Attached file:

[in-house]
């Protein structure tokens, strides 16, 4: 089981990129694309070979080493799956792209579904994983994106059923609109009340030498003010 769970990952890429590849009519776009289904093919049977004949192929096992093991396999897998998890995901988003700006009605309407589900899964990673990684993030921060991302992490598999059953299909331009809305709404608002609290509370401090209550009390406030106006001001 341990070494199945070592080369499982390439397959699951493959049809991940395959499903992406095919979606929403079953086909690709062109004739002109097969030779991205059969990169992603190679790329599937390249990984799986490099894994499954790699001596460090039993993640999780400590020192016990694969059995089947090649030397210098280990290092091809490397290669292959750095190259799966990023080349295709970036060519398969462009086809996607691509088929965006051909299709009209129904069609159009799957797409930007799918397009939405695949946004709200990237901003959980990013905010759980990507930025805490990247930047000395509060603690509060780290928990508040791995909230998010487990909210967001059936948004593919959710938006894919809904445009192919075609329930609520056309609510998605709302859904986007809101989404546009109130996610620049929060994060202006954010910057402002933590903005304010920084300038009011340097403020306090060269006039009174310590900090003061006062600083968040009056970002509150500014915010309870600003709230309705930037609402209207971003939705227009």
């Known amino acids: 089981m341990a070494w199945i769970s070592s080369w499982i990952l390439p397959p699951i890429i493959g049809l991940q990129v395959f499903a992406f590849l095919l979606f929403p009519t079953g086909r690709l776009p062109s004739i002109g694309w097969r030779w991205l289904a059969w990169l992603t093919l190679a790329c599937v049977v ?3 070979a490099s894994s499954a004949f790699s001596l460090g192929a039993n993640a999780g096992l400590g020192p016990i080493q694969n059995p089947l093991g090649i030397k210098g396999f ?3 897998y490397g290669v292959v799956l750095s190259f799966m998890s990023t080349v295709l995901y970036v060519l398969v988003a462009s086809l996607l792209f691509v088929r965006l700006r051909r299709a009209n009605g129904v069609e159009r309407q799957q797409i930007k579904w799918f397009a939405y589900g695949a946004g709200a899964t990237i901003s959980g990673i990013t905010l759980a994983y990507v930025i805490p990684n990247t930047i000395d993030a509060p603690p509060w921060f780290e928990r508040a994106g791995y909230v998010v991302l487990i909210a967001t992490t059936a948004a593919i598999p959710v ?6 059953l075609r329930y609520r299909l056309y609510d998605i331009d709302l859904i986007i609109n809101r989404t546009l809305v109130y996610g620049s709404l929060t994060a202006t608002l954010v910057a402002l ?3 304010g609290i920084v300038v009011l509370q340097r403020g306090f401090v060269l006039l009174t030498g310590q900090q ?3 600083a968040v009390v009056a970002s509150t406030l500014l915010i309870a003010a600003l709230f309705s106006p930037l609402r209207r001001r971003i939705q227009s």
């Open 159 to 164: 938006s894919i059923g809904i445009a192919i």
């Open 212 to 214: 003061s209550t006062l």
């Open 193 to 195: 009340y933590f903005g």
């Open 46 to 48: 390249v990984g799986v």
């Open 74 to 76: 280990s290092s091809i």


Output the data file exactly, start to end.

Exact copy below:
[in-house]
């Protein structure tokens, strides 16, 4: 089981990129694309070979080493799956792209579904994983994106059923609109009340030498003010 769970990952890429590849009519776009289904093919049977004949192929096992093991396999897998998890995901988003700006009605309407589900899964990673990684993030921060991302992490598999059953299909331009809305709404608002609290509370401090209550009390406030106006001001 341990070494199945070592080369499982390439397959699951493959049809991940395959499903992406095919979606929403079953086909690709062109004739002109097969030779991205059969990169992603190679790329599937390249990984799986490099894994499954790699001596460090039993993640999780400590020192016990694969059995089947090649030397210098280990290092091809490397290669292959750095190259799966990023080349295709970036060519398969462009086809996607691509088929965006051909299709009209129904069609159009799957797409930007799918397009939405695949946004709200990237901003959980990013905010759980990507930025805490990247930047000395509060603690509060780290928990508040791995909230998010487990909210967001059936948004593919959710938006894919809904445009192919075609329930609520056309609510998605709302859904986007809101989404546009109130996610620049929060994060202006954010910057402002933590903005304010920084300038009011340097403020306090060269006039009174310590900090003061006062600083968040009056970002509150500014915010309870600003709230309705930037609402209207971003939705227009």
């Known amino acids: 089981m341990a070494w199945i769970s070592s080369w499982i990952l390439p397959p699951i890429i493959g049809l991940q990129v395959f499903a992406f590849l095919l979606f929403p009519t079953g086909r690709l776009p062109s004739i002109g694309w097969r030779w991205l289904a059969w990169l992603t093919l190679a790329c599937v049977v ?3 070979a490099s894994s499954a004949f790699s001596l460090g192929a039993n993640a999780g096992l400590g020192p016990i080493q694969n059995p089947l093991g090649i030397k210098g396999f ?3 897998y490397g290669v292959v799956l750095s190259f799966m998890s990023t080349v295709l995901y970036v060519l398969v988003a462009s086809l996607l792209f691509v088929r965006l700006r051909r299709a009209n009605g129904v069609e159009r309407q799957q797409i930007k579904w799918f397009a939405y589900g695949a946004g709200a899964t990237i901003s959980g990673i990013t905010l759980a994983y990507v930025i805490p990684n990247t930047i000395d993030a509060p603690p509060w921060f780290e928990r508040a994106g791995y909230v998010v991302l487990i909210a967001t992490t059936a948004a593919i598999p959710v ?6 059953l075609r329930y609520r299909l056309y609510d998605i331009d709302l859904i986007i609109n809101r989404t546009l809305v109130y996610g620049s709404l929060t994060a202006t608002l954010v910057a402002l ?3 304010g609290i920084v300038v009011l509370q340097r403020g306090f401090v060269l006039l009174t030498g310590q900090q ?3 600083a968040v009390v009056a970002s509150t406030l500014l915010i309870a003010a600003l709230f309705s106006p930037l609402r209207r001001r971003i939705q227009s």
């Open 159 to 164: 938006s894919i059923g809904i445009a192919i």
């Open 212 to 214: 003061s209550t006062l």
């Open 193 to 195: 009340y933590f903005g």
């Open 46 to 48: 390249v990984g799986v």
């Open 74 to 76: 280990s290092s091809i």